But when her till was short, she felt really bad about it, and she lost points (or something like that; I don’t remember exactly how that worked). It may cast doubts on the honesty of the worker. Because of knowing about this, I would return the money.

I would probably take the money back. I work at a cash register sometimes, and I know how hectic it can get. I’ve made quite a few mistakes while doing it. Luckily, none of them have been this big. Well, once I tried to hand a check for thirty something dollars back instead of the receipt, but the customer didn’t take it. It’s probably too late now, as the till will already have been counted, but if you take the money back the cashier might be able to avoid quite a bit of trouble.

If I had discoevered the error at the register, I definitely would have corrected it. $17 short is a fairly big deal for a minimum wage cashier, and they will definitely hear about it. Had I discovered the error later, I might consider just thanking my lucky stars, although I’d probably feel bad and bring it back because I’ve been in that situation. Bottom line is that the cashier should have paid more attention. I worked at a grocery store for a few months and only once was I off by even a penny. Making change is really a pretty easy, mindless job.

I agree with MaxTheVool. If I was at the register, I would (and often do) point out the mistake right there, no matter how small. If I’d already left the store, it would depend on how much it was and how much of a hassle it would be to go back.

Since the register would be $30 short, I’d probably go back. Unless the cashier had been a jerk.

$10? Probably wouldn’t have gone back.
$20? I have no idea. That’s right on the line for me. It would depend on my mood.

Depending on the store policy, the shortage can/will come out of the paycheck. At some places, multiple offenses can lead to really bad consequences, including firing. So yes, it would definately be a good thing to give it back.

Take it back. The feeling of having done a good deed will be worth more than $17.

Take the money back! It’s good Karma.

I have had instances where I was given more than I asked for, or paid for. If I catch it right away, I’ll return it. It’s good Karma. I’ve even gone back to a place to return something, when I was in the area again.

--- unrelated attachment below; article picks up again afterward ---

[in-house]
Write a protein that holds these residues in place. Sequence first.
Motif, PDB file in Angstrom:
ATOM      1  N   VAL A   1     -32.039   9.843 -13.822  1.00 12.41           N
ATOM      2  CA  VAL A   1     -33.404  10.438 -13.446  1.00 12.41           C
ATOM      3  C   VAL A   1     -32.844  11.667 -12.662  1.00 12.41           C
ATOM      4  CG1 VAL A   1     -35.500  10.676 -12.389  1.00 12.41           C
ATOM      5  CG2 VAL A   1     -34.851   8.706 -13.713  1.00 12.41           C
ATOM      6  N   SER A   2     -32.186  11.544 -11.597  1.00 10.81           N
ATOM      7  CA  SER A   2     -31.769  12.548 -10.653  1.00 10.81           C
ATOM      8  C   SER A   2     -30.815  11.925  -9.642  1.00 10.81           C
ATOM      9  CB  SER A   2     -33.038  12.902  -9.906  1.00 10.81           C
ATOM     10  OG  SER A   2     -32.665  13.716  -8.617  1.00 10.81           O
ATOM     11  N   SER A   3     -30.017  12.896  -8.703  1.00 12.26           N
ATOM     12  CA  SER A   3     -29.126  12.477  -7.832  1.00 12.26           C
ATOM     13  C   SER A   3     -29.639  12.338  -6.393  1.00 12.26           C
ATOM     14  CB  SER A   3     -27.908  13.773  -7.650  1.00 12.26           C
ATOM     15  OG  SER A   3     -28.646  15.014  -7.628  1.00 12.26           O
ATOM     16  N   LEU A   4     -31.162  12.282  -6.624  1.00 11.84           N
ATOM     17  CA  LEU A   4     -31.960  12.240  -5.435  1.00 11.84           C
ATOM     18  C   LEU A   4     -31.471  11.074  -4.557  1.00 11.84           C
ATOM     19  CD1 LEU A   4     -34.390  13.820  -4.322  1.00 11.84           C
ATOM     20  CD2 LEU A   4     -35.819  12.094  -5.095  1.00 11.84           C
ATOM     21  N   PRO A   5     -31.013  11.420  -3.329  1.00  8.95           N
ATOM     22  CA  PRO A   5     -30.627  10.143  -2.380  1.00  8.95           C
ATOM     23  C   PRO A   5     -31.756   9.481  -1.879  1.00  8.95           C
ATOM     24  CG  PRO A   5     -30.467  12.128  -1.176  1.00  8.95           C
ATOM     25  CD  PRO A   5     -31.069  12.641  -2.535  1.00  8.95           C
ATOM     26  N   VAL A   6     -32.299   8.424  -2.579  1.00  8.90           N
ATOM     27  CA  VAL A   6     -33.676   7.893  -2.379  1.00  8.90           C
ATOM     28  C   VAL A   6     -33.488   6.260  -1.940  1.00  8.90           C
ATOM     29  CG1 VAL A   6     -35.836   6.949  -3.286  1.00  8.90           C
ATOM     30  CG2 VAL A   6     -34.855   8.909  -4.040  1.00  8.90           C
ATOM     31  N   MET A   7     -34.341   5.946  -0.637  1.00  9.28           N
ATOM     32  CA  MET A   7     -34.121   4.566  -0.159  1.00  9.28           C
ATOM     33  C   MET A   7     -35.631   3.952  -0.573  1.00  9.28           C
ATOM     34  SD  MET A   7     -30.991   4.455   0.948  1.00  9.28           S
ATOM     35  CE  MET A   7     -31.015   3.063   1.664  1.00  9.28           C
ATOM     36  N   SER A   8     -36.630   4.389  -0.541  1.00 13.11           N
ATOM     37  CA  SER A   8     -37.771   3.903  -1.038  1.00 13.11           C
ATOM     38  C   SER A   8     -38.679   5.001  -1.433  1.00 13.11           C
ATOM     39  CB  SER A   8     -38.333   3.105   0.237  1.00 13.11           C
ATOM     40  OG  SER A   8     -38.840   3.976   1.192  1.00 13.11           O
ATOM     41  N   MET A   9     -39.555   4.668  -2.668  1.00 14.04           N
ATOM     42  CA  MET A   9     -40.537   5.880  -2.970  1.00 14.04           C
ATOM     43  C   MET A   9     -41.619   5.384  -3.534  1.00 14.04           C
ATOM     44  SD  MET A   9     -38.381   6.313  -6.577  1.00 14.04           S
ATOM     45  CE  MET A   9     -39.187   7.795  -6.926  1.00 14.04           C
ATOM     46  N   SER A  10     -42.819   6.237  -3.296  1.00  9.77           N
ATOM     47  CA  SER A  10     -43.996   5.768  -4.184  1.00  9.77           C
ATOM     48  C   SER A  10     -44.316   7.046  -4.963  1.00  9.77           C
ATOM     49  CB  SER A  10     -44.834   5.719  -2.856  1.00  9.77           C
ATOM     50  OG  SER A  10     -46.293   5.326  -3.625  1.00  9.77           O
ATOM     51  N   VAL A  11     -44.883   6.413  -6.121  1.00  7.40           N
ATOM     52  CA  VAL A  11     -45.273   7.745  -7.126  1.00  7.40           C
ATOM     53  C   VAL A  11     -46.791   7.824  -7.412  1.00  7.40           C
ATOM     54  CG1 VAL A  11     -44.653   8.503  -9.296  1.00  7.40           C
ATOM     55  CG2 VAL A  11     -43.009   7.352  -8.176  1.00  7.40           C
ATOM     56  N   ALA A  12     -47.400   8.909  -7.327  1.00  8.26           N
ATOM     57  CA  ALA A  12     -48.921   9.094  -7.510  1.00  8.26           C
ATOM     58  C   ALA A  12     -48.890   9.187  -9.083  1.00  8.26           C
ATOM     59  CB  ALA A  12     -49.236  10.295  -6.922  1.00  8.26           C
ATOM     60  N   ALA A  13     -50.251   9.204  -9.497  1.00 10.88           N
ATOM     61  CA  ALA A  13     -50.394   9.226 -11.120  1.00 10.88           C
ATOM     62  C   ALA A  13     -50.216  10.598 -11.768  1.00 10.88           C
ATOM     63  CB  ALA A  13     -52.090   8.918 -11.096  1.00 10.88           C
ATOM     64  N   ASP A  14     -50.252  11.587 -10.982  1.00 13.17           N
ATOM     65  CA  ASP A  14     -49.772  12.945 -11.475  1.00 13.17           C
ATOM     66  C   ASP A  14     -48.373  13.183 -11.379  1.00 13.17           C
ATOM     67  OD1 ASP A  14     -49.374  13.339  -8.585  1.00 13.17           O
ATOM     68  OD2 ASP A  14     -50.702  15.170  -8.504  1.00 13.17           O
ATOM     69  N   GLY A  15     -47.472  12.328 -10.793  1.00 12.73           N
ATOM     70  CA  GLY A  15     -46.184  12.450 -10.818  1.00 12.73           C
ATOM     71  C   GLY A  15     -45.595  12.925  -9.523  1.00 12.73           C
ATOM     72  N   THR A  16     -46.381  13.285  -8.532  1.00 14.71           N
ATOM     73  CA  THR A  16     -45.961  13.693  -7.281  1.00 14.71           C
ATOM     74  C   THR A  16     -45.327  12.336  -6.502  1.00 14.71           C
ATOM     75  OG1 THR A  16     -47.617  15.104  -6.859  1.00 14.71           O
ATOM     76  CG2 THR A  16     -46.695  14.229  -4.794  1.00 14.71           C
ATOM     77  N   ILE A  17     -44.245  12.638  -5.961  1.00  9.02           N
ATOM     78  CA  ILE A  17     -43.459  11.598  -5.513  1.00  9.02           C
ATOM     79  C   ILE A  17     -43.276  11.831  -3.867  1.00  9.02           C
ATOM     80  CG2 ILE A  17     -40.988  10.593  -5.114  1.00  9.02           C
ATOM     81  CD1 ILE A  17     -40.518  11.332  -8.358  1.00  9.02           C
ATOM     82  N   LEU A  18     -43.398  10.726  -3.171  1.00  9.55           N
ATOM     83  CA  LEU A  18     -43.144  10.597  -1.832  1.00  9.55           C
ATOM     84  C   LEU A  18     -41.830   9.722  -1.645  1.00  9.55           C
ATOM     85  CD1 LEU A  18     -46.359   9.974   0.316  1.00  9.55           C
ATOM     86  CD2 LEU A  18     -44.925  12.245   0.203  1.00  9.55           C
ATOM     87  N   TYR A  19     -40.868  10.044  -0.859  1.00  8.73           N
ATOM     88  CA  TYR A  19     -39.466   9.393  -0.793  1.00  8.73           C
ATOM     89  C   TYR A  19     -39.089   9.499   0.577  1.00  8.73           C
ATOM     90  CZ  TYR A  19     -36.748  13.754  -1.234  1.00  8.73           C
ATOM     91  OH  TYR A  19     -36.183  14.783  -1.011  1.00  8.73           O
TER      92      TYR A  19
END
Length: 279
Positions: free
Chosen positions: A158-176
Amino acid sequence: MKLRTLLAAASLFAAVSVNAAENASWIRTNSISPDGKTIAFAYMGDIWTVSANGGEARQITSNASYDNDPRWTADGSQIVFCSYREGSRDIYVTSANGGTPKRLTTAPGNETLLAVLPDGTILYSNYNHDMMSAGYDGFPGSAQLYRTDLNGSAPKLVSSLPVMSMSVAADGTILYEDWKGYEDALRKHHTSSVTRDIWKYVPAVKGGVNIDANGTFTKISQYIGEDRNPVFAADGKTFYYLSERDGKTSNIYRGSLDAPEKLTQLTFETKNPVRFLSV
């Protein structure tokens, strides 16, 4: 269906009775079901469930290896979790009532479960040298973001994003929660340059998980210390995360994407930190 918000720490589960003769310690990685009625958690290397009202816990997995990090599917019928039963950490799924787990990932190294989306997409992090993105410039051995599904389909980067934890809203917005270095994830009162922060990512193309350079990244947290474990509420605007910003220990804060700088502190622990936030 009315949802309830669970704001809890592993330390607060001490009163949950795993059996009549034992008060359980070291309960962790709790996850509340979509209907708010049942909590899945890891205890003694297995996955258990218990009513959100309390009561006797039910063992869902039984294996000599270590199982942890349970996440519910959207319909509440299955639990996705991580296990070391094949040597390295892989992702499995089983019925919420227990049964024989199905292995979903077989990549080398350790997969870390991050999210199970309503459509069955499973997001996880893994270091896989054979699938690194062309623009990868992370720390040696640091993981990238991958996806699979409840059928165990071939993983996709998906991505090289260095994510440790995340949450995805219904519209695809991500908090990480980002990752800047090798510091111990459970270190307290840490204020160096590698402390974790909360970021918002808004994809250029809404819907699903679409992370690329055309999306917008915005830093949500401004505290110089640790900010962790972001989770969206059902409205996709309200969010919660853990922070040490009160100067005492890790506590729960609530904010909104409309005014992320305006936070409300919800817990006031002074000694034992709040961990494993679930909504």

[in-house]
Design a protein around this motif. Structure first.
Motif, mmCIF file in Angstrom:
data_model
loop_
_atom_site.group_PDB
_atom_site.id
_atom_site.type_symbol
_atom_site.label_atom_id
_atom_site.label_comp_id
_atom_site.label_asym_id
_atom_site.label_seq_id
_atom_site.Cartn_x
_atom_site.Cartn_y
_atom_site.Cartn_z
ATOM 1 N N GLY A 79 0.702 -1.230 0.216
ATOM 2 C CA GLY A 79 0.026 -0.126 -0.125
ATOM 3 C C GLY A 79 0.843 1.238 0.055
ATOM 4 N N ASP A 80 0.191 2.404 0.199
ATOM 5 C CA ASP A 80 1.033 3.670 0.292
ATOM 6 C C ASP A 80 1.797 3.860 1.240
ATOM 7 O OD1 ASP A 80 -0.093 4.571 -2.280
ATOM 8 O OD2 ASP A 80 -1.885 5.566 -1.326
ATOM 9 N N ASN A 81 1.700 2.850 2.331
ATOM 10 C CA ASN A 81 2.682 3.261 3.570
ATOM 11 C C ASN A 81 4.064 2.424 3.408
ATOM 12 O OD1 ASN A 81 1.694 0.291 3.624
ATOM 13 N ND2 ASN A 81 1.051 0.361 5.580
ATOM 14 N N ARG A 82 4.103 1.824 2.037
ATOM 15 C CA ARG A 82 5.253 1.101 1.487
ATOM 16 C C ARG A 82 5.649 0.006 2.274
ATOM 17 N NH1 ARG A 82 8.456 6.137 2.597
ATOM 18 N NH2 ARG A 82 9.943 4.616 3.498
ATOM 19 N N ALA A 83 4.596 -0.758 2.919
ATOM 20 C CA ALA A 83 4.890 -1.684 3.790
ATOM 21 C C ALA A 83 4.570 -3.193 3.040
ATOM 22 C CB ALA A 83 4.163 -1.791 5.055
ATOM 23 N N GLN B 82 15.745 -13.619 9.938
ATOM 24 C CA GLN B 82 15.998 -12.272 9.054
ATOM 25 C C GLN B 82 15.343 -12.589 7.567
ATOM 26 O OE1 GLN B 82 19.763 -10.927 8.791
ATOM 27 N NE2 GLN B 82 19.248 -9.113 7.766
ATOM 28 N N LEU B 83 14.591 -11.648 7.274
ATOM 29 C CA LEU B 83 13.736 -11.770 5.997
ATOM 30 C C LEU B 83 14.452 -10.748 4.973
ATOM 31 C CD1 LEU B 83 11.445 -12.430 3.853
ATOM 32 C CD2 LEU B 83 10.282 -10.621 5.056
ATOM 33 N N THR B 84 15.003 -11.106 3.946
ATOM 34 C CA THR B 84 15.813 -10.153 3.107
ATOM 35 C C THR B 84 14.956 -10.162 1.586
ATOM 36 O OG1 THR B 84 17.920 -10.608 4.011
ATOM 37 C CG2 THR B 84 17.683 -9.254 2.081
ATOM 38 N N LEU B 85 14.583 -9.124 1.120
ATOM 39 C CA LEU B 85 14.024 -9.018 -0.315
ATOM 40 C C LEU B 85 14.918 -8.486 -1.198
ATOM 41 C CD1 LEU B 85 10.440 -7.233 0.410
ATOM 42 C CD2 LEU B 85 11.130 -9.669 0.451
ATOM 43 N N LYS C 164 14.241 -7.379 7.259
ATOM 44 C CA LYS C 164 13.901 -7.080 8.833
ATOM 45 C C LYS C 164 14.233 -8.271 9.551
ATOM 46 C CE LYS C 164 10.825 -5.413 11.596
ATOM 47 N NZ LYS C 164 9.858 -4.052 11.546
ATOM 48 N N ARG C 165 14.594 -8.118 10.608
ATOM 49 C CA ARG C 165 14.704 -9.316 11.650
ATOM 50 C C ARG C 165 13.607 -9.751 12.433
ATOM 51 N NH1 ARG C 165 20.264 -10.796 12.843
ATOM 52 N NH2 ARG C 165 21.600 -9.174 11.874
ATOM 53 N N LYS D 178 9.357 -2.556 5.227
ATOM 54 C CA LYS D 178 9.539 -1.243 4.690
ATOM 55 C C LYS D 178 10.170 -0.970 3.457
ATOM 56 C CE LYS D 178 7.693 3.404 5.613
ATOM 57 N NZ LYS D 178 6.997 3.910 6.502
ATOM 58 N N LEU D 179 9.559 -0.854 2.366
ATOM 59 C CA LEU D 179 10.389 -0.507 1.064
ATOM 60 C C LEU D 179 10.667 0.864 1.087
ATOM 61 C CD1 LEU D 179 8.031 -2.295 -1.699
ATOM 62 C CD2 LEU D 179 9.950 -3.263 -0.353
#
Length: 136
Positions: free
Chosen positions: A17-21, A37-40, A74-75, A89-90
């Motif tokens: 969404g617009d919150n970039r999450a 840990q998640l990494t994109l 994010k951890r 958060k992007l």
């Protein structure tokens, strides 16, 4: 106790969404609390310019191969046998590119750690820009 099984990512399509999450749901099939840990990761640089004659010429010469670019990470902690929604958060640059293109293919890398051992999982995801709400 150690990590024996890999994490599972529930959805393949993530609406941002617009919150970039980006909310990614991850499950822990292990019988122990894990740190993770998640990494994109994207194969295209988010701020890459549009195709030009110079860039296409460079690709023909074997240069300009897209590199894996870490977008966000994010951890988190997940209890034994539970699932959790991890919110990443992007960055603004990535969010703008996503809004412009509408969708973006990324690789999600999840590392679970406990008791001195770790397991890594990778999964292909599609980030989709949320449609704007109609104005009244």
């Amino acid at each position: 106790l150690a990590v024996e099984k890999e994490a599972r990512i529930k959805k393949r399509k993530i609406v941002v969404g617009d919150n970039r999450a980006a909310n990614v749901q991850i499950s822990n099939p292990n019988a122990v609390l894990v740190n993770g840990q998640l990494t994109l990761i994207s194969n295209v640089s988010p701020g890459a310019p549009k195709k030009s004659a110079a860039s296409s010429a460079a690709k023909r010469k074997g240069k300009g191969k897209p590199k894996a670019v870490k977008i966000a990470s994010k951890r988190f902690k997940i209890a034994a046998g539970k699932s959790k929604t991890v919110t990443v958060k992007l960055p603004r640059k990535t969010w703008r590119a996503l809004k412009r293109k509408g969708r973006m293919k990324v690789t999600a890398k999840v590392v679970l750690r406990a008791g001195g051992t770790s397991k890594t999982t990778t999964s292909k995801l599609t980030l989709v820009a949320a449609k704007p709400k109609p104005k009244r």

However, there was this instance with Buy.com once - I ordered and paid for 4 Zip Disks, but they sent me 8. I considered telling Buy.com about their mistake, but a business-saavy friend of mine advised against it. He speculated that Buy.com might try to charge my account, try to make me pay for shipping the disks back, or just screw around with me. He also said that it probably wasn’t worth Buy.com’s trouble to retrieve the items–UPSing them back might cost more than their wholesale value.

I don’t know if my friend was right, but I do believe that No Good Deed Goes Unpunished, and I sure didn’t want to be hounded to PAY the shipping on the Zip disks. I also believe that the law is, if you are sent something, it’s yours. (Like if a company sends you some product “by mistake”, they can’t MAKE you return it.) My dad was a postman, this is what he told me about things sent through the mail, anyway.

The merchandise itself cost $13; $13 + $17 = $30, so it’s a $30 error.

Yes, take it back–I don’t know about having the money taken out of his/her pay, but at the very least a shortage like that will reflect very badly on the cashier.

Keep it!

Oh wait. . . I mean. . .

Take it back!

Take it back and let it be a reminder. Always count your change at the register.

Take it back. Better yet, call now to tell them you’re bringing it back. The cashier could have already lost his or her job over it. Never keep incorrect change. It’s not yours. (Same thing goes for the bank)


Return the money ASAP.:slight_smile:

The bank is not mine? Damnit!! No wonder those security guards threw me out.

You know, my sister used to tell me the same thing when we’d play Monopoly…